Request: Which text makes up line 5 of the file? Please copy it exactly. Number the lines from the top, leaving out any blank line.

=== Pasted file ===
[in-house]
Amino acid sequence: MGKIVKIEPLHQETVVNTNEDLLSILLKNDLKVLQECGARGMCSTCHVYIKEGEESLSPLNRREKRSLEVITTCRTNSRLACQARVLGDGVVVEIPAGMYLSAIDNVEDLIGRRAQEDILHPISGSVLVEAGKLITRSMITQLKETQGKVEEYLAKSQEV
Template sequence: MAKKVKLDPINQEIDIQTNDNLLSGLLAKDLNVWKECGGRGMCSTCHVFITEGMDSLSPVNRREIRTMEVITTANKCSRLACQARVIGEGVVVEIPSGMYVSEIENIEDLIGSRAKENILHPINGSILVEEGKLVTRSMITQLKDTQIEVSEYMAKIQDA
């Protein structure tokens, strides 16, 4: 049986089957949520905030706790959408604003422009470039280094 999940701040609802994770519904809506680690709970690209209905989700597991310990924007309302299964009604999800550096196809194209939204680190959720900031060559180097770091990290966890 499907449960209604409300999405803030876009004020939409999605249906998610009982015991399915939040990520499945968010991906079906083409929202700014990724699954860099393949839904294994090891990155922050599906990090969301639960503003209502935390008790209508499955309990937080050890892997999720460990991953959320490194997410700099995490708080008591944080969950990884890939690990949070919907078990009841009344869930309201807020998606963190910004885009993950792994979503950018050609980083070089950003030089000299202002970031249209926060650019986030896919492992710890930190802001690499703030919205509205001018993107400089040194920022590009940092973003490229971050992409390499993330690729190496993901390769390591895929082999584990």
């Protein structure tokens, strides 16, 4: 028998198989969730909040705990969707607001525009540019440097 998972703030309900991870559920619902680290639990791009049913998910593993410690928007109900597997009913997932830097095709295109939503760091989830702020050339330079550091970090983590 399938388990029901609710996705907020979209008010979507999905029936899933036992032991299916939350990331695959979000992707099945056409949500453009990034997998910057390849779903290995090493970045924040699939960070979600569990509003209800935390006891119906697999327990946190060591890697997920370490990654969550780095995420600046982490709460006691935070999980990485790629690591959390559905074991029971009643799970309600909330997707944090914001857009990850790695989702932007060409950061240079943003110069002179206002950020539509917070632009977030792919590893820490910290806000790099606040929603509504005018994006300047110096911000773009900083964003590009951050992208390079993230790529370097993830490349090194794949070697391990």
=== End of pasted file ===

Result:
């Protein structure tokens, strides 16, 4: 028998198989969730909040705990969707607001525009540019440097 998972703030309900991870559920619902680290639990791009049913998910593993410690928007109900597997009913997932830097095709295109939503760091989830702020050339330079550091970090983590 399938388990029901609710996705907020979209008010979507999905029936899933036992032991299916939350990331695959979000992707099945056409949500453009990034997998910057390849779903290995090493970045924040699939960070979600569990509003209800935390006891119906697999327990946190060591890697997920370490990654969550780095995420600046982490709460006691935070999980990485790629690591959390559905074991029971009643799970309600909330997707944090914001857009990850790695989702932007060409950061240079943003110069002179206002950020539509917070632009977030792919590893820490910290806000790099606040929603509504005018994006300047110096911000773009900083964003590009951050992208390079993230790529370097993830490349090194794949070697391990």